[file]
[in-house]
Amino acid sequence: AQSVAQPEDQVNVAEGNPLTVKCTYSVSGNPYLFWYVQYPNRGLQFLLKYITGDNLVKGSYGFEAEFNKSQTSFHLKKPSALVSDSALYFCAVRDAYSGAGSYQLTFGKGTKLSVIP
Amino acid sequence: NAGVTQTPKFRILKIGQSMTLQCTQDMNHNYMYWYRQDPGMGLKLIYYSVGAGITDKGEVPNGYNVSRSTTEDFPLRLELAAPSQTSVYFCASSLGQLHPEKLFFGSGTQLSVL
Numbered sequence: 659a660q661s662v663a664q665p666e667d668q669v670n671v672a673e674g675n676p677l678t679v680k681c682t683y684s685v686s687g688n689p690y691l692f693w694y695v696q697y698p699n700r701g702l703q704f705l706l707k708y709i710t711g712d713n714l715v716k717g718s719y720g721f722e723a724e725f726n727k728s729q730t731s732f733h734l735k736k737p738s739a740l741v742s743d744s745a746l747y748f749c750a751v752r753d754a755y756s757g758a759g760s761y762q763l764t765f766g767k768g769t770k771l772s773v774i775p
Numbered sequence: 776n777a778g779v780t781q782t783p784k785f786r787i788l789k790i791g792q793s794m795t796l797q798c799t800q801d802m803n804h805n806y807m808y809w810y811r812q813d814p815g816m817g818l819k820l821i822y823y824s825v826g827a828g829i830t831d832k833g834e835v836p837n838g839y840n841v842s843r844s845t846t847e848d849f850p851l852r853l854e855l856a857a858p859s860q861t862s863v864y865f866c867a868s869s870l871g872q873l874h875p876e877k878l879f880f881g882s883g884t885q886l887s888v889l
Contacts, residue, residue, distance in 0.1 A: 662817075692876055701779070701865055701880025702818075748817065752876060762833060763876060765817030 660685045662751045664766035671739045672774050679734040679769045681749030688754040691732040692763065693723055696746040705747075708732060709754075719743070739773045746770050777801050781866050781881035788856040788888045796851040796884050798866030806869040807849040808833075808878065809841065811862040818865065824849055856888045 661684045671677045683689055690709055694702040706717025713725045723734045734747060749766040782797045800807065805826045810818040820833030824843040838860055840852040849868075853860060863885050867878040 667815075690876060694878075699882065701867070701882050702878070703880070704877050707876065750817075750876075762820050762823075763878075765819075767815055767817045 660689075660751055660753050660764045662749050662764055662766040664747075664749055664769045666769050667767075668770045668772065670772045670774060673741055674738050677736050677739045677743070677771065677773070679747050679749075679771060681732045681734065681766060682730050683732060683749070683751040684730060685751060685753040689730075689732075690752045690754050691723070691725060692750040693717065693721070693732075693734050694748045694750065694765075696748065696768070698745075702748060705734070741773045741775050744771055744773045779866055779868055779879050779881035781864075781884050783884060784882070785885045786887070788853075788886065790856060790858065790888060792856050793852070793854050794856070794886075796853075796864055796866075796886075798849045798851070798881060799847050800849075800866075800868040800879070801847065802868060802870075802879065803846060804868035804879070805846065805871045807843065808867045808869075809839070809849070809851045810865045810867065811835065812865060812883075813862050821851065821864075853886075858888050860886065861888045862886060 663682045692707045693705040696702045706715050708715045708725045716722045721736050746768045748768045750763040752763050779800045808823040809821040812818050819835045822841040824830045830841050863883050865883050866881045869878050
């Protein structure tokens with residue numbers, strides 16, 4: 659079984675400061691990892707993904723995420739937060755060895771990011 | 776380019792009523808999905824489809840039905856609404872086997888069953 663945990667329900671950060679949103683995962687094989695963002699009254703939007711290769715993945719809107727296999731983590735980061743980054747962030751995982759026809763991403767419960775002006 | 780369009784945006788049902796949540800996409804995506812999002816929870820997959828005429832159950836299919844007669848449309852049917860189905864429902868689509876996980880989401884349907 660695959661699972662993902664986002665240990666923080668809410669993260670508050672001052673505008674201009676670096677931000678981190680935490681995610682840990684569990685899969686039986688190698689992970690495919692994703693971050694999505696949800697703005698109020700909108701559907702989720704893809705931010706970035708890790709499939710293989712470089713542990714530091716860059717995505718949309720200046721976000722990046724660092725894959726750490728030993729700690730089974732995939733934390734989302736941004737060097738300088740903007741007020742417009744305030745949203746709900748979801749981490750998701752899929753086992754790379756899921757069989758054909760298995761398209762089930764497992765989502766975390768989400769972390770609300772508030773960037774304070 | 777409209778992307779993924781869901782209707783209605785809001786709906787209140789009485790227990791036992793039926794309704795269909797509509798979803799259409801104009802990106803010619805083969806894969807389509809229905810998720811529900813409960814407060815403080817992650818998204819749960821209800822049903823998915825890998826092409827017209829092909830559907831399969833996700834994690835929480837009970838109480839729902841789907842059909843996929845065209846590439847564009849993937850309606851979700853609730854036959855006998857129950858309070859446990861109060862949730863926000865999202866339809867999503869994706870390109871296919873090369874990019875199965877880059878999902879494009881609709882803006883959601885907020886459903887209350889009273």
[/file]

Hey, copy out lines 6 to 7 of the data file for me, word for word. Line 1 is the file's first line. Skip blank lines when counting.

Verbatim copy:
Contacts, residue, residue, distance in 0.1 A: 662817075692876055701779070701865055701880025702818075748817065752876060762833060763876060765817030 660685045662751045664766035671739045672774050679734040679769045681749030688754040691732040692763065693723055696746040705747075708732060709754075719743070739773045746770050777801050781866050781881035788856040788888045796851040796884050798866030806869040807849040808833075808878065809841065811862040818865065824849055856888045 661684045671677045683689055690709055694702040706717025713725045723734045734747060749766040782797045800807065805826045810818040820833030824843040838860055840852040849868075853860060863885050867878040 667815075690876060694878075699882065701867070701882050702878070703880070704877050707876065750817075750876075762820050762823075763878075765819075767815055767817045 660689075660751055660753050660764045662749050662764055662766040664747075664749055664769045666769050667767075668770045668772065670772045670774060673741055674738050677736050677739045677743070677771065677773070679747050679749075679771060681732045681734065681766060682730050683732060683749070683751040684730060685751060685753040689730075689732075690752045690754050691723070691725060692750040693717065693721070693732075693734050694748045694750065694765075696748065696768070698745075702748060705734070741773045741775050744771055744773045779866055779868055779879050779881035781864075781884050783884060784882070785885045786887070788853075788886065790856060790858065790888060792856050793852070793854050794856070794886075796853075796864055796866075796886075798849045798851070798881060799847050800849075800866075800868040800879070801847065802868060802870075802879065803846060804868035804879070805846065805871045807843065808867045808869075809839070809849070809851045810865045810867065811835065812865060812883075813862050821851065821864075853886075858888050860886065861888045862886060 663682045692707045693705040696702045706715050708715045708725045716722045721736050746768045748768045750763040752763050779800045808823040809821040812818050819835045822841040824830045830841050863883050865883050866881045869878050
């Protein structure tokens with residue numbers, strides 16, 4: 659079984675400061691990892707993904723995420739937060755060895771990011 | 776380019792009523808999905824489809840039905856609404872086997888069953 663945990667329900671950060679949103683995962687094989695963002699009254703939007711290769715993945719809107727296999731983590735980061743980054747962030751995982759026809763991403767419960775002006 | 780369009784945006788049902796949540800996409804995506812999002816929870820997959828005429832159950836299919844007669848449309852049917860189905864429902868689509876996980880989401884349907 660695959661699972662993902664986002665240990666923080668809410669993260670508050672001052673505008674201009676670096677931000678981190680935490681995610682840990684569990685899969686039986688190698689992970690495919692994703693971050694999505696949800697703005698109020700909108701559907702989720704893809705931010706970035708890790709499939710293989712470089713542990714530091716860059717995505718949309720200046721976000722990046724660092725894959726750490728030993729700690730089974732995939733934390734989302736941004737060097738300088740903007741007020742417009744305030745949203746709900748979801749981490750998701752899929753086992754790379756899921757069989758054909760298995761398209762089930764497992765989502766975390768989400769972390770609300772508030773960037774304070 | 777409209778992307779993924781869901782209707783209605785809001786709906787209140789009485790227990791036992793039926794309704795269909797509509798979803799259409801104009802990106803010619805083969806894969807389509809229905810998720811529900813409960814407060815403080817992650818998204819749960821209800822049903823998915825890998826092409827017209829092909830559907831399969833996700834994690835929480837009970838109480839729902841789907842059909843996929845065209846590439847564009849993937850309606851979700853609730854036959855006998857129950858309070859446990861109060862949730863926000865999202866339809867999503869994706870390109871296919873090369874990019875199965877880059878999902879494009881609709882803006883959601885907020886459903887209350889009273």